SB: Wolfmueller’s an engineering supervisor for Concho Resources. He’s got 3 kids in the district and he says he decided to make a go of it and run for a seat on the school board because he’s concerned about their education. Along with all the other students in Midland. The the teacher retention issue also worries him — he wants to work on building trust back up between the district and the teachers.
CM: What does Wolfmueller think of that big facilities proposal that the planning committee put in front of the board recently?
SB: He says the district definitely needs to plan for growth, but he wants to make sure the board allocates the money carefully. Here he is.
Thomas Wolfmueller: “We need to look at the bond issues, the facility issues, we need to look at the budget. We need to try and see where we can cut. People are tired of spending so much money, and getting such a low return on their investment as far as a low graded district. So I think we need to look at the money we’re using, and allocate it more correctly. So that we can elevate the education with all of our students. So I’d like to bring a business perspective to all of this.”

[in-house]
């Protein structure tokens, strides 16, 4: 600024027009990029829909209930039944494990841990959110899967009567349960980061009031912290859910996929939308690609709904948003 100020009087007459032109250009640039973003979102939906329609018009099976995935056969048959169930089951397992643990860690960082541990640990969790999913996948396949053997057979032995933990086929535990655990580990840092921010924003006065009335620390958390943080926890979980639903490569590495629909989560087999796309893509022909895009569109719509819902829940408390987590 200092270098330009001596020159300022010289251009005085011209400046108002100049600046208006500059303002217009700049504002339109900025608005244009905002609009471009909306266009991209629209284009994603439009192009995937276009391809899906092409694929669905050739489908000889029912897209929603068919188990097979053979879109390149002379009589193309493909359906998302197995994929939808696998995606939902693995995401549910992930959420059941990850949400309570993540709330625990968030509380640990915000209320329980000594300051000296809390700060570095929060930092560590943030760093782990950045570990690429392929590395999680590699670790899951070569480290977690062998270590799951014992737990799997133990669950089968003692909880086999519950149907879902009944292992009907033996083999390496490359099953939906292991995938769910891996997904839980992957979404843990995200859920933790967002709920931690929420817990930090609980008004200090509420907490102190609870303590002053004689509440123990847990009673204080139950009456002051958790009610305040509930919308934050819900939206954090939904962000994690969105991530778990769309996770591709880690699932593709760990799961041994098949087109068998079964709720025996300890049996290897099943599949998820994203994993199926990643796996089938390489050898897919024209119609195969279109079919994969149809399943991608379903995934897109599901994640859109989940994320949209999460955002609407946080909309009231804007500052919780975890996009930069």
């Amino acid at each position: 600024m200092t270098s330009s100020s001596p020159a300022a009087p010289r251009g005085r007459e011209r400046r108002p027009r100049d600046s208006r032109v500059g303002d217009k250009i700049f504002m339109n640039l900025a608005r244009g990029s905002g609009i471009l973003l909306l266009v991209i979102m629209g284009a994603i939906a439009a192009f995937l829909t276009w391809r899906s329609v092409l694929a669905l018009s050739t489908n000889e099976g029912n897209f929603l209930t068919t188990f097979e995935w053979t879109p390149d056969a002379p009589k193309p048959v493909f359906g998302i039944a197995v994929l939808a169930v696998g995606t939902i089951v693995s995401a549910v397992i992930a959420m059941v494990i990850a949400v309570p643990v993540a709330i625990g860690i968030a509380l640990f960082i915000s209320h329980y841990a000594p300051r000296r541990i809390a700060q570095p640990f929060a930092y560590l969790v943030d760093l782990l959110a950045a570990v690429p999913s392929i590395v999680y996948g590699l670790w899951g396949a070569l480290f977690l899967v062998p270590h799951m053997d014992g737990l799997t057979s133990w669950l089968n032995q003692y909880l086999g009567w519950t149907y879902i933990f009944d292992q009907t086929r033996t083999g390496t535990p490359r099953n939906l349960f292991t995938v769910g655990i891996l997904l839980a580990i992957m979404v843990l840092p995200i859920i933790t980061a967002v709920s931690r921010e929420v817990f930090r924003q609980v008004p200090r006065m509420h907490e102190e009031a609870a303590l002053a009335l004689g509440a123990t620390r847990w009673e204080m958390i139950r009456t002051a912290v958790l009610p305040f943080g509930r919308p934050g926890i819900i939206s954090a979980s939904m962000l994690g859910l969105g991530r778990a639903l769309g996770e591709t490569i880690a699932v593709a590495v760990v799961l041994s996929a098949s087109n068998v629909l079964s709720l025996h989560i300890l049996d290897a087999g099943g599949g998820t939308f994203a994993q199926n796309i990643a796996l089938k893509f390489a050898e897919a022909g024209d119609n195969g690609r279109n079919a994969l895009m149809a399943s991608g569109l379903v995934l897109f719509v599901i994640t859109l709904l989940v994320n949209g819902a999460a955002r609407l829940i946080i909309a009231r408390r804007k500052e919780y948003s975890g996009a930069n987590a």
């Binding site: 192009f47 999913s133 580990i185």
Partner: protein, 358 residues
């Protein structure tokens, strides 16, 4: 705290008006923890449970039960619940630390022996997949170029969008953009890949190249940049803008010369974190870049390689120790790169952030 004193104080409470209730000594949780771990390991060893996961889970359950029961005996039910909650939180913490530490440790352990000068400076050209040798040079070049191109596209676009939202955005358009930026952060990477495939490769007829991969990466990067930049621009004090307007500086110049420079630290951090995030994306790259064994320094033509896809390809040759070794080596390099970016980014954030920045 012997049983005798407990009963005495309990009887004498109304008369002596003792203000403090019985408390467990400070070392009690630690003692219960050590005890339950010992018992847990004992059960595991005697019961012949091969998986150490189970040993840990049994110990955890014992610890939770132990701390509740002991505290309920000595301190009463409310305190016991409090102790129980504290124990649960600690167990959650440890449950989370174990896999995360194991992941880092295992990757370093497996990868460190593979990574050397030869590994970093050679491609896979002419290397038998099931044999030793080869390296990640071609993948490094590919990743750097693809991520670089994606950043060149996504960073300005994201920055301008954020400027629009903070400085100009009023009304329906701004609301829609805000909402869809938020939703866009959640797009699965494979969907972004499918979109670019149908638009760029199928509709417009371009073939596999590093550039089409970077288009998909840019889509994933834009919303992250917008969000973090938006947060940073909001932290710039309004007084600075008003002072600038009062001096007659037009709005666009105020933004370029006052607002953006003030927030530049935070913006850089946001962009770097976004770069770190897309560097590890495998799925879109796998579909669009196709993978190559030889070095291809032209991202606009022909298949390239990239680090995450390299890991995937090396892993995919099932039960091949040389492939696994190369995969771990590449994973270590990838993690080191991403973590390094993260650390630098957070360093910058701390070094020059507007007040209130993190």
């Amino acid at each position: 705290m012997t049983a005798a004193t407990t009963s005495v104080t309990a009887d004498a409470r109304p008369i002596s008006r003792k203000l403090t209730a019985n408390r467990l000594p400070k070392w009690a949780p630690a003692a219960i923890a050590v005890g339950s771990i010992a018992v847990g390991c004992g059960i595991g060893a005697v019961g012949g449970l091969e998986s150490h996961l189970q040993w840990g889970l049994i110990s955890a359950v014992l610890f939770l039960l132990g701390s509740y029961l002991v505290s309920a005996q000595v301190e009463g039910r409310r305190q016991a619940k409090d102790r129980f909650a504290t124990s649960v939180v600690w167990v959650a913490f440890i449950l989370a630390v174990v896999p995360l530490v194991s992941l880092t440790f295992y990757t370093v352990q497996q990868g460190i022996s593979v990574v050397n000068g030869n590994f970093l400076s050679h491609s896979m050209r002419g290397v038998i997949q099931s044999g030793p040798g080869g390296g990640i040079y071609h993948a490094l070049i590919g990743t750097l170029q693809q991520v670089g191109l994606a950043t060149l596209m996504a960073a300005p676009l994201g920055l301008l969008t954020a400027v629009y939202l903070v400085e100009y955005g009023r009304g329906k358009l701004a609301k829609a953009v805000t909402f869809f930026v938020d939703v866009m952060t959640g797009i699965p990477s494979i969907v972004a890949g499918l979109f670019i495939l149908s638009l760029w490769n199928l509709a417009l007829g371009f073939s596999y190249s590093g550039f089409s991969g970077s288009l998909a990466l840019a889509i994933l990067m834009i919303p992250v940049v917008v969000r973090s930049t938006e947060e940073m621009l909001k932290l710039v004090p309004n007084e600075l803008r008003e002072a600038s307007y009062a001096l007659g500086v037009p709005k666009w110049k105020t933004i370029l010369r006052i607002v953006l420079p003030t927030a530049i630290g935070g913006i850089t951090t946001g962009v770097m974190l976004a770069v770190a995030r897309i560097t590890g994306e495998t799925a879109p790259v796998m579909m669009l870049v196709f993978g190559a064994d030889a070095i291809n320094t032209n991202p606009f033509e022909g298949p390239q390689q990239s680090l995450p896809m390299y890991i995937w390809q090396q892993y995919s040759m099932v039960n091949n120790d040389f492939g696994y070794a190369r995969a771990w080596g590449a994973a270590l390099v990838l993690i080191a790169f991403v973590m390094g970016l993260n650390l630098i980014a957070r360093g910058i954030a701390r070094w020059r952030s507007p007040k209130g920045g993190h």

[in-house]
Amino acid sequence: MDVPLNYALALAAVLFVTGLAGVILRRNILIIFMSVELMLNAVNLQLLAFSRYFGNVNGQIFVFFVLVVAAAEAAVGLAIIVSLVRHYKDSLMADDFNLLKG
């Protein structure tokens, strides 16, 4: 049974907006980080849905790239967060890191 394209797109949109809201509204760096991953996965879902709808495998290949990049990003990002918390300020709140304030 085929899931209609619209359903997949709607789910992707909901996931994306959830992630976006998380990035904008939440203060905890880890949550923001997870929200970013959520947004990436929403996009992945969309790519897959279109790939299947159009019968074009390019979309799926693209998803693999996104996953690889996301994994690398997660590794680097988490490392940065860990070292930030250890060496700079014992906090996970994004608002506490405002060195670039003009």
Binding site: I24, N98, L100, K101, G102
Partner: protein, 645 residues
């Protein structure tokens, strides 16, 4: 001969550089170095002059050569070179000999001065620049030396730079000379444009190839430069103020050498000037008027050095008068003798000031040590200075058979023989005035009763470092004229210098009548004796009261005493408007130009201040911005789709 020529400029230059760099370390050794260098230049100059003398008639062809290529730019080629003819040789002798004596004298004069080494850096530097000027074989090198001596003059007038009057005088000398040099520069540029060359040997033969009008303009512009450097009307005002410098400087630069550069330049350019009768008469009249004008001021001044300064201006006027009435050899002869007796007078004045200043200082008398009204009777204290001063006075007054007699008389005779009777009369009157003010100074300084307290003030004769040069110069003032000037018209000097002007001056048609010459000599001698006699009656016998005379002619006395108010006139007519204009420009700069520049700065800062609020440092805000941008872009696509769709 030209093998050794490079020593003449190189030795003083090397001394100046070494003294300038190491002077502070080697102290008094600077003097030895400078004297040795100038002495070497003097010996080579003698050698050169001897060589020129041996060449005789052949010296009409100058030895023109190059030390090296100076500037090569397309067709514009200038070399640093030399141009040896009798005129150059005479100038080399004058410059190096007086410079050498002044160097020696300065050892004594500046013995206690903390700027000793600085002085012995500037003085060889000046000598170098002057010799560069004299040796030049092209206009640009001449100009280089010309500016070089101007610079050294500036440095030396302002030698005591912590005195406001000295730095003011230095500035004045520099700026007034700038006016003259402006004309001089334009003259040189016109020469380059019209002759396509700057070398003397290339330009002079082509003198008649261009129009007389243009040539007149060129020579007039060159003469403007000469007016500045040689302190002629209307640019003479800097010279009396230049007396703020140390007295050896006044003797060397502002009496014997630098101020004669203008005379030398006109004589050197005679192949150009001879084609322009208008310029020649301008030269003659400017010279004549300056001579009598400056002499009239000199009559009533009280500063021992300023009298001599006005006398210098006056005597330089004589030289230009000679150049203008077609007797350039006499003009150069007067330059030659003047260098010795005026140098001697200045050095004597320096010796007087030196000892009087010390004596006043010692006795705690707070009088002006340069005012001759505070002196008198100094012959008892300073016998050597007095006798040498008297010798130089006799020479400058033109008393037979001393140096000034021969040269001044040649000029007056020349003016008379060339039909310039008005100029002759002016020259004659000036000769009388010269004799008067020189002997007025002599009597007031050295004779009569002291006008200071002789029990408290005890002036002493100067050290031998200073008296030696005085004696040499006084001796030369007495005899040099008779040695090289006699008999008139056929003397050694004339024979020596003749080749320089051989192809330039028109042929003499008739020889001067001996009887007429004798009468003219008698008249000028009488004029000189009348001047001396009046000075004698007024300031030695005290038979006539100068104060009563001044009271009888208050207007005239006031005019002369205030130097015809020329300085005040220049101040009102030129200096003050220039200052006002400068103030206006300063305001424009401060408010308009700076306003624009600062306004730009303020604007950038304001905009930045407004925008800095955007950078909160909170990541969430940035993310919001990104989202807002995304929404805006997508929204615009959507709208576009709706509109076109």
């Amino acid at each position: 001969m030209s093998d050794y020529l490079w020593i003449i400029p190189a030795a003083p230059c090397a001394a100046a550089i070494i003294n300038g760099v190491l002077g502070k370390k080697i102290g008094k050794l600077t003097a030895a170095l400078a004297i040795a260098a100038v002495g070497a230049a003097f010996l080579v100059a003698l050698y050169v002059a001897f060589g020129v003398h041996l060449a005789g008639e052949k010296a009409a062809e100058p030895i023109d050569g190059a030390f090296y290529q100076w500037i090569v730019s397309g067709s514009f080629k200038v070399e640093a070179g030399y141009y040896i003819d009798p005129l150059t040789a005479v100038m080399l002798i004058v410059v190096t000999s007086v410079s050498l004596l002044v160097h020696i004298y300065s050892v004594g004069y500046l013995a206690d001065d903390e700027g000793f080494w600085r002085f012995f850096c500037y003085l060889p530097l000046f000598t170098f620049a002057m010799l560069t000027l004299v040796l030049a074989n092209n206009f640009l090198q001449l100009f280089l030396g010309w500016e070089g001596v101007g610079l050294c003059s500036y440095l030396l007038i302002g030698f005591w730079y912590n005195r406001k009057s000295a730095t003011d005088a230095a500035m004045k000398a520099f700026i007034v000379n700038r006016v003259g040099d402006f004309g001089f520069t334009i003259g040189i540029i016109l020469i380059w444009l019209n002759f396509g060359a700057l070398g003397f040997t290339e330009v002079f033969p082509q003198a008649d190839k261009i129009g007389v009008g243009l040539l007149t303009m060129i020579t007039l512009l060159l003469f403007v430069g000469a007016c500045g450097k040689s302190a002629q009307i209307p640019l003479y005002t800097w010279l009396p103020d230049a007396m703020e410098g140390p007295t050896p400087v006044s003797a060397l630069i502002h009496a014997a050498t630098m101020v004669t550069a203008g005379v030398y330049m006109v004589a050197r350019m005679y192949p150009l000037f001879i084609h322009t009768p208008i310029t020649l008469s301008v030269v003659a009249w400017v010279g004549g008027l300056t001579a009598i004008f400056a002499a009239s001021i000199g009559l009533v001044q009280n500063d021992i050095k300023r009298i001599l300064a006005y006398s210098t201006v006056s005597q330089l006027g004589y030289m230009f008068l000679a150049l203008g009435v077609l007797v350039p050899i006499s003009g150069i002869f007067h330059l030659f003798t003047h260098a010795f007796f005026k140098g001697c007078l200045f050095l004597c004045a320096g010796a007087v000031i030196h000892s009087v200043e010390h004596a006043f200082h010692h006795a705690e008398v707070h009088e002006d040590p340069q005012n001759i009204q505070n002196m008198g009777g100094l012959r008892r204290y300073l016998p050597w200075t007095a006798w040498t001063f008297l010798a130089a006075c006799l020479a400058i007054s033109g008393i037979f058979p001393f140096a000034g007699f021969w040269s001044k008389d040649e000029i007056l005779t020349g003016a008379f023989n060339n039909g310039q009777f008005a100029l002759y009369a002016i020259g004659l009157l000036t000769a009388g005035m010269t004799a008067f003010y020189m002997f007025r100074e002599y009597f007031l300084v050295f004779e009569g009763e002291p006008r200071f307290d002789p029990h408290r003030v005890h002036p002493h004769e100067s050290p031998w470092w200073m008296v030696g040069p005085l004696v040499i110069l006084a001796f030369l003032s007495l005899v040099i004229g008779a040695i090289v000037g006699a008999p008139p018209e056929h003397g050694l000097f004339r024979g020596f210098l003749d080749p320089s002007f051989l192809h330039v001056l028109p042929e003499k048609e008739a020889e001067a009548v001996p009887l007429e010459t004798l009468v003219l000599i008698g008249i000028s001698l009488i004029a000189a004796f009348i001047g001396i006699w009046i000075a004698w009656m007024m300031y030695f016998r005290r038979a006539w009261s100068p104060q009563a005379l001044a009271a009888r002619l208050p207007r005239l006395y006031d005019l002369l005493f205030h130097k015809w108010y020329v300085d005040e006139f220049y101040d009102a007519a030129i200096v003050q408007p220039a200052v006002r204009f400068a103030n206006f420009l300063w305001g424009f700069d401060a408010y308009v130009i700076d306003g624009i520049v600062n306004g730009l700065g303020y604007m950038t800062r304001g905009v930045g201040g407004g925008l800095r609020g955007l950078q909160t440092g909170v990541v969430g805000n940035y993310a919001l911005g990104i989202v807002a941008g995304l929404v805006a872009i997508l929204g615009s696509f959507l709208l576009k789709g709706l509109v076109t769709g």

SB: Wolfmueller deals with big dollar projects on a weekly basis as a part of his job, so he’d like to bring this sort of analytical, business-oriented approach to the school board.
CM: So there we have it, 3 candidates for the school board seat in Midland ISD’s District 5. Sally, one interesting thing about these elections, school board candidates need to win with over 50% of the vote, is that right?
SB: They do, and since there are 3 candidates for each seat, there’s a real chance we could end up with run-off races for these school board seats in Midland.
CM: Well tomorrow, we’ll get into the Midland School Board candidates running in District 6. Sally, thanks for being here.
SB: Sure thing, Carlos.
**CORRECTION: A previous version of this story stated that candidate Heidi Kirk has 6 children attending schools within Midland ISD. In fact, only 4 of her children are currently students at MISD.